Can MM be overruled by AM?
• Noetic feelings can be overruled by additional
evidence, contrary feedback from others, repeated
failures in the task, etc.
• However: they cannot be suppressed (automatic,
• As a consequence of their representational format,
they are not open to:
– Inference
– revision
A two-system view of metacognition?
A contrast between norms.
• Fluency is a norm that is inherent to processing,
and that gives rise to specific feelings
(familiarity, confidence in perception or in
• Other norms, such as truth or plausibility, are
inherent the cognitive content to be accepted.
 Contrast between two forms of metacognitive
norms: experience-based and analytic.
The 2-system view revised
• Granting that System 1 generates
nonconceptual contents in a featural format,
the contrast with System 2 is one between
two ways of forming and using
System 1
System 2
• Vehicle-based
 Content-based
• Inflexible
 Flexible
• Economical
 Costly
• Nonconceptual
 Conceptual
• Gradient structure
 Componential structure
• Modular
 Non-modular
• Non inferential
 Inferential
• Inflexibility has nothing to do with the fact that
feelings are « generated by subpersonal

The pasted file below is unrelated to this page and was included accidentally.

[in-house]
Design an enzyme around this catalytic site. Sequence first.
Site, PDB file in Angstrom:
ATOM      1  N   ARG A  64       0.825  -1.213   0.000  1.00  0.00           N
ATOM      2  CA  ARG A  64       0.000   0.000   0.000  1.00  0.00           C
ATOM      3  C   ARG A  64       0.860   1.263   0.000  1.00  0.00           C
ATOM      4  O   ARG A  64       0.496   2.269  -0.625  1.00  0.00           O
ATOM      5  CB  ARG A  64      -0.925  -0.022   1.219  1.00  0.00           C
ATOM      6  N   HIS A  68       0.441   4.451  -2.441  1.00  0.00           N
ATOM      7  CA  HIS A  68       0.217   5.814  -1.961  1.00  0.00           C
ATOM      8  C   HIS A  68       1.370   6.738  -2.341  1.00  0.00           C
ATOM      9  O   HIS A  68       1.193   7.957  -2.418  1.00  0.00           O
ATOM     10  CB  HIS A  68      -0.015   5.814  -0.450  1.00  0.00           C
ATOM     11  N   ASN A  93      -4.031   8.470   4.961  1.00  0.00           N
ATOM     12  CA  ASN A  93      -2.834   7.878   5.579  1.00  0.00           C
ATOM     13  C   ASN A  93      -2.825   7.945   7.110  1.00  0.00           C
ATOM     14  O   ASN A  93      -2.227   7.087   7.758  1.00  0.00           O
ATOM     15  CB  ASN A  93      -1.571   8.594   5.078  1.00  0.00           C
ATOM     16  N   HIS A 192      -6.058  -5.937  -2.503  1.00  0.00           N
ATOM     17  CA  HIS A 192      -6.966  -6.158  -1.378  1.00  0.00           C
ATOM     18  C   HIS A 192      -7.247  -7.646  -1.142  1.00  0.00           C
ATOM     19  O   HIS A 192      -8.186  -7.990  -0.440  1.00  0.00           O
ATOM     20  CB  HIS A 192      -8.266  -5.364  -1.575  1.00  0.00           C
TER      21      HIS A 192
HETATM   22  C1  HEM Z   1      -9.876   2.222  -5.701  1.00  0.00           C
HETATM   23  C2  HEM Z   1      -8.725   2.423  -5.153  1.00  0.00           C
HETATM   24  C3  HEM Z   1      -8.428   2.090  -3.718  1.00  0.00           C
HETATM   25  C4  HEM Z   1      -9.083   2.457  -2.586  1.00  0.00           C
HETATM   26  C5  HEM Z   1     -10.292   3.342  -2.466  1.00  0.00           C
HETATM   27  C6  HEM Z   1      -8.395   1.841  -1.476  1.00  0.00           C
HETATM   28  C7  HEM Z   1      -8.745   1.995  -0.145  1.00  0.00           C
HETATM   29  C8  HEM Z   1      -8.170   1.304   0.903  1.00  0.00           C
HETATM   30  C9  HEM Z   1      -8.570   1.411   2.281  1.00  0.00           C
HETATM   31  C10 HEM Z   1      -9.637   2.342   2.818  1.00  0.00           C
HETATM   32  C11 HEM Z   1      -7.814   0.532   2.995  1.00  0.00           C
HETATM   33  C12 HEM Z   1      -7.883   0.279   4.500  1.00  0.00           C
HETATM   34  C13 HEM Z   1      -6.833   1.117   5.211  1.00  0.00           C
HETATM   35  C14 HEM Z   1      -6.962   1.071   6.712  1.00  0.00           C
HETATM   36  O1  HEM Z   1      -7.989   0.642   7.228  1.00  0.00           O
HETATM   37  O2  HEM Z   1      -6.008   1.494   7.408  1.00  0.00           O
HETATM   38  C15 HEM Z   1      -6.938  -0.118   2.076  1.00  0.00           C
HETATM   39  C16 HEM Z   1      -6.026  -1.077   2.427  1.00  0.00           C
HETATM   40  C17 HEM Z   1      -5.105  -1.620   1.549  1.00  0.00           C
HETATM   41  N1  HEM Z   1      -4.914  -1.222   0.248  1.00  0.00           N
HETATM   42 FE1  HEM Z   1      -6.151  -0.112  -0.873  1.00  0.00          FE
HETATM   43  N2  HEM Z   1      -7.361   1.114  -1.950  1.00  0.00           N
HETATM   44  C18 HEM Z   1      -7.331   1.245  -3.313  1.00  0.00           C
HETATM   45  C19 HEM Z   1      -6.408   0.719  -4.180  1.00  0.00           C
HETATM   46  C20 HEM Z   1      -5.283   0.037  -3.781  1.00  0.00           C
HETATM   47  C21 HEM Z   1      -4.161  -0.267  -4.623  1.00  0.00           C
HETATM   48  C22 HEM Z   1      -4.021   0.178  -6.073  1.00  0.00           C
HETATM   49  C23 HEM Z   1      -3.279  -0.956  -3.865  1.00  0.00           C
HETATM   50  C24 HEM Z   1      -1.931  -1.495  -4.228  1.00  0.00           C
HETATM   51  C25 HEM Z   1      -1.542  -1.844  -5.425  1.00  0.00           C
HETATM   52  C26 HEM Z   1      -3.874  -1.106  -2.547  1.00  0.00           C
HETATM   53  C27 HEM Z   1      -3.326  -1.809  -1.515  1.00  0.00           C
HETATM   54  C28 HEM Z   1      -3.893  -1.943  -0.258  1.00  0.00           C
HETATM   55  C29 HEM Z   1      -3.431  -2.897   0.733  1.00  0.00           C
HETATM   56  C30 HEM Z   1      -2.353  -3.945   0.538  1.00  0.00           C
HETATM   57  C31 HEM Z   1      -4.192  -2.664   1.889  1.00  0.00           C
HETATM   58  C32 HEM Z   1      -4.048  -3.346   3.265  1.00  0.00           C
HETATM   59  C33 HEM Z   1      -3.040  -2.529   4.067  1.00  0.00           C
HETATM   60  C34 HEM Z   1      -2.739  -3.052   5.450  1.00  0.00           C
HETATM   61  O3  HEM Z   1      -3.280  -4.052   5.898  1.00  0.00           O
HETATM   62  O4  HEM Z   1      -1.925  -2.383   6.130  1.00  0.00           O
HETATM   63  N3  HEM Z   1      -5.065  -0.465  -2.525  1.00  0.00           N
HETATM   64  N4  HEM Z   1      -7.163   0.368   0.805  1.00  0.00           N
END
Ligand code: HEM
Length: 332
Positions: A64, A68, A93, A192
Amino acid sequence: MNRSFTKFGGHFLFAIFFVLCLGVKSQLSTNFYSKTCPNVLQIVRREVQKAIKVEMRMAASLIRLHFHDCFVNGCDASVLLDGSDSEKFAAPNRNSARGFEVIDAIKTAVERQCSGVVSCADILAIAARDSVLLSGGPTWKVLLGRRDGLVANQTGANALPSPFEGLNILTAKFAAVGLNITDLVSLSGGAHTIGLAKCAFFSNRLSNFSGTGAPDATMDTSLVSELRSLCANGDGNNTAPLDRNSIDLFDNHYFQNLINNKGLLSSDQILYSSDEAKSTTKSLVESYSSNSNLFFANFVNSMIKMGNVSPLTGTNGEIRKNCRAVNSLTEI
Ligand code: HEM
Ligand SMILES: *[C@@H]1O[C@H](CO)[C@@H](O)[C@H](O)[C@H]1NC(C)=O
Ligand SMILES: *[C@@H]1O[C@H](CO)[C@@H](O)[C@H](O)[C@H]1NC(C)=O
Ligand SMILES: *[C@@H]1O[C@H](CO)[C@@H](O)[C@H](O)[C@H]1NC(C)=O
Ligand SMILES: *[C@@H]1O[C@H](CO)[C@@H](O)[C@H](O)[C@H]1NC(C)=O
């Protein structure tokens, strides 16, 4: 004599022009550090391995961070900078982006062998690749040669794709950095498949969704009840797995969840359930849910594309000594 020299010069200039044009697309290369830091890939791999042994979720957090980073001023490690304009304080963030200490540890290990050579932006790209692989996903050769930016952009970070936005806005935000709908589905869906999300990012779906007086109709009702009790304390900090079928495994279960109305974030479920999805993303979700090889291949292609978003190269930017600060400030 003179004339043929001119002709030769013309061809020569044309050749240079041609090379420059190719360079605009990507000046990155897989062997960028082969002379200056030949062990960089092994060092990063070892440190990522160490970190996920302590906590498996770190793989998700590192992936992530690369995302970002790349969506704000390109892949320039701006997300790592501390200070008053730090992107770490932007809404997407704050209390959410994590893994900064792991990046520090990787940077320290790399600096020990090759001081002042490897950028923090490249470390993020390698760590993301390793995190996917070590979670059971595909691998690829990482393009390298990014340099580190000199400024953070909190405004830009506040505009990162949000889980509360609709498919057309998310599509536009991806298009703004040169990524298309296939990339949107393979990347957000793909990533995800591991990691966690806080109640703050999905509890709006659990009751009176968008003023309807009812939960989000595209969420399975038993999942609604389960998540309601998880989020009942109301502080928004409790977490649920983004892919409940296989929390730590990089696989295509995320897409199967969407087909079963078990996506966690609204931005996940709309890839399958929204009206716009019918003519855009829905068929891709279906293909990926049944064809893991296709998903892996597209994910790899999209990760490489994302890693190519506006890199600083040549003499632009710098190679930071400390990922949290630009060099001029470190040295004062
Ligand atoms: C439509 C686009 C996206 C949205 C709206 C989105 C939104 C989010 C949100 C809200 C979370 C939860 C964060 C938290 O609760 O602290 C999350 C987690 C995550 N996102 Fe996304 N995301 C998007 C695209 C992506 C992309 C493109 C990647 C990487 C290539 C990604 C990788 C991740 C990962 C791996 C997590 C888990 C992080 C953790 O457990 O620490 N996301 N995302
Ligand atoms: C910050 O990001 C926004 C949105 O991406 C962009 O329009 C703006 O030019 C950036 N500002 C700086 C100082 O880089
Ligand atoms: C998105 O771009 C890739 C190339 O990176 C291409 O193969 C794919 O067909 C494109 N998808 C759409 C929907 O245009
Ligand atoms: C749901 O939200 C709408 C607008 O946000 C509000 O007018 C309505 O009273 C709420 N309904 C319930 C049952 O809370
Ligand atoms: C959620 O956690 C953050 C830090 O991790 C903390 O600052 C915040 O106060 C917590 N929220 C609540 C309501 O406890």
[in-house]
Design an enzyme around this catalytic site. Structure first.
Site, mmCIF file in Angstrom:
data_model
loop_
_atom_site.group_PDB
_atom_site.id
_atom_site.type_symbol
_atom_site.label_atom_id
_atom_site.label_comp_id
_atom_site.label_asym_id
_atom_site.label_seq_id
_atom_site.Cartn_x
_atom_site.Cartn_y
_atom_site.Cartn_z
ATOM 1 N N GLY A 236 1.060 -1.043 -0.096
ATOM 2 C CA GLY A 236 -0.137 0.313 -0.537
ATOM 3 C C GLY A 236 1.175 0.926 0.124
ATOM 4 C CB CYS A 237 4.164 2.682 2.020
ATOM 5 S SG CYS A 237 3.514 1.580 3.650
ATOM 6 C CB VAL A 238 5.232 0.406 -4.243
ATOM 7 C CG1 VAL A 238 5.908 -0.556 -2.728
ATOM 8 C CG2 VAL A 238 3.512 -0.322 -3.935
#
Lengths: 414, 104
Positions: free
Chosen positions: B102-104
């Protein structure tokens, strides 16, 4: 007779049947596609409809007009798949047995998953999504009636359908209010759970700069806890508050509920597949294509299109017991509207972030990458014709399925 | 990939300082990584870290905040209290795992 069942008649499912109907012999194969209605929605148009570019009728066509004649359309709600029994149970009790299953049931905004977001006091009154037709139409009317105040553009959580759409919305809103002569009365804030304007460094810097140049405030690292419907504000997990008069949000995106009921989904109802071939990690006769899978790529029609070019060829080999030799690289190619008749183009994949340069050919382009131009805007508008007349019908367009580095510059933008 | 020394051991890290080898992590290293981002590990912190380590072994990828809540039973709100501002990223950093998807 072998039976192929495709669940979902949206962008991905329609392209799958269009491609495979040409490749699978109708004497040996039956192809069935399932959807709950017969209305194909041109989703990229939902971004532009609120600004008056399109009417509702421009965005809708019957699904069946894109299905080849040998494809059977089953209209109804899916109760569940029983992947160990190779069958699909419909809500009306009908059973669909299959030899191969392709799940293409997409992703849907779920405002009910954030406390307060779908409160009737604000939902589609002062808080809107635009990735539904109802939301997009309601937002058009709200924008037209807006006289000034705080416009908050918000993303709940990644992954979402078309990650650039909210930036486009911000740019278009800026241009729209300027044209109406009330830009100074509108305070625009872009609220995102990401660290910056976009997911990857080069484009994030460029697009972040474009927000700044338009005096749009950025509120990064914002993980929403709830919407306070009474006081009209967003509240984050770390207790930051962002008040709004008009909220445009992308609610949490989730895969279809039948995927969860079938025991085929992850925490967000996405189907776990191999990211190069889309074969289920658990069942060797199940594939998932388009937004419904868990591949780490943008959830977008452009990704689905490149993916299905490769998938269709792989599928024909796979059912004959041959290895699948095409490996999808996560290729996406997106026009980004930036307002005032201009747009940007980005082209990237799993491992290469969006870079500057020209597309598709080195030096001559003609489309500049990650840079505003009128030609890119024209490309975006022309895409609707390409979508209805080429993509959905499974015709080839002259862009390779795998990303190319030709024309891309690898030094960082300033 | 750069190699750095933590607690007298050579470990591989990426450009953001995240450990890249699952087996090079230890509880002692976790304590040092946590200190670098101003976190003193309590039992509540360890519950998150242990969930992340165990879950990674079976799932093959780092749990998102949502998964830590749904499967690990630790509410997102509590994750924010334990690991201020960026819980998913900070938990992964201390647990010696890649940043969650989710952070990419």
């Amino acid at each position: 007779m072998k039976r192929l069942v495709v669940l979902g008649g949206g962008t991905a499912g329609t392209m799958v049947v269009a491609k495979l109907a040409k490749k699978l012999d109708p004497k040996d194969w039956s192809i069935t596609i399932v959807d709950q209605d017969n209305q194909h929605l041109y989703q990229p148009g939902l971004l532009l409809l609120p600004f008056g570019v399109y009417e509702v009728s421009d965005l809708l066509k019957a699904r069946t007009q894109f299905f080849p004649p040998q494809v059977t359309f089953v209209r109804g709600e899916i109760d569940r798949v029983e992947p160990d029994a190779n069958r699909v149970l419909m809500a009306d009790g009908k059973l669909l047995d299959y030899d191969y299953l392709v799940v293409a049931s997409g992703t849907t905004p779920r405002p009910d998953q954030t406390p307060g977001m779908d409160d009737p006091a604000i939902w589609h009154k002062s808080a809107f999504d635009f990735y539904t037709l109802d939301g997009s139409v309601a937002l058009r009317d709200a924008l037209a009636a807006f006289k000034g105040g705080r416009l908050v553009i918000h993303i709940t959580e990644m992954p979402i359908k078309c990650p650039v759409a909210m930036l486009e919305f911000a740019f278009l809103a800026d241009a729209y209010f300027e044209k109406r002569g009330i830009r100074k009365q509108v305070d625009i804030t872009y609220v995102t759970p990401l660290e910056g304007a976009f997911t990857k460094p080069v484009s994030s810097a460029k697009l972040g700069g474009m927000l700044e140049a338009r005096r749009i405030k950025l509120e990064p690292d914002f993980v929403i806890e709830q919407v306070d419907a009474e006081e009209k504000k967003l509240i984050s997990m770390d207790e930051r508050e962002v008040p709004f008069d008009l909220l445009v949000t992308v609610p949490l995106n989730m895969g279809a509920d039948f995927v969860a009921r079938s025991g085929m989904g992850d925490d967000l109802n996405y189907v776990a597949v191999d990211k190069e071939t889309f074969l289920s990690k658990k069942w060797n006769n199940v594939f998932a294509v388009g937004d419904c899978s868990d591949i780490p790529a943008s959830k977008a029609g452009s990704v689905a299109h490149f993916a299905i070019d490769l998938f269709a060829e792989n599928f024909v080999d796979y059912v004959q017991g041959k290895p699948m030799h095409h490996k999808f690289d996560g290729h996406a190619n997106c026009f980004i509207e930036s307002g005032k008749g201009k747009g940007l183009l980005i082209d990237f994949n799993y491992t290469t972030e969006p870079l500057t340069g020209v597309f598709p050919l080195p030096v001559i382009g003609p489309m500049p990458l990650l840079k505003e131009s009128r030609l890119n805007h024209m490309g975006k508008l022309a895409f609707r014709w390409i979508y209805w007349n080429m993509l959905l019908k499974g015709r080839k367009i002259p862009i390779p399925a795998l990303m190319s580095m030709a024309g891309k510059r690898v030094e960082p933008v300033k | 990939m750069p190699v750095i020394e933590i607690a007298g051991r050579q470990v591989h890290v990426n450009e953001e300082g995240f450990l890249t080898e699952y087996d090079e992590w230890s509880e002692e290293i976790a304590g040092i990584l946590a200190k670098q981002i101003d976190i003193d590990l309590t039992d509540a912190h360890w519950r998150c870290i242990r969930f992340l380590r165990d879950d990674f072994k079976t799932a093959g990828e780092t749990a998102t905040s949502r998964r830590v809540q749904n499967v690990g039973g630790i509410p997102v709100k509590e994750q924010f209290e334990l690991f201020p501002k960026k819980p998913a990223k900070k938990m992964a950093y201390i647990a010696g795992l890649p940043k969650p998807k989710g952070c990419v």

processes ». All our flexible thoughts are also
generated subpersonally.
• System1 inflexibility derives, rather, from the
nonconceptual format of representation that is
used to drive decision.
What kind of binding is there between
S1 and S2?
• The binding between the two systems is the
same as that studied in the philosophy of
perception between nonconceptual
protopropositional content, and propositional
What kind of binding is there between
S1 and S2?
• The nonconceptual content of perception is
inserted within a propositional format
including terms for concepts and objects.
• Analogously, children's NFs are redescribed in
conceptual terms.
What kind of binding is there between
S1 and S2?
• When a System 2 is present, agents have access
to propositional representations of their
cognitive goals, and can assess their cognitive
resources under new types of norms.
• Although this assessment may take marginal
advantage of NFs (e.g.: intelligibility), it is not
mainly based on cognitive emotions.
This presentation is available for download on :
Analytic norms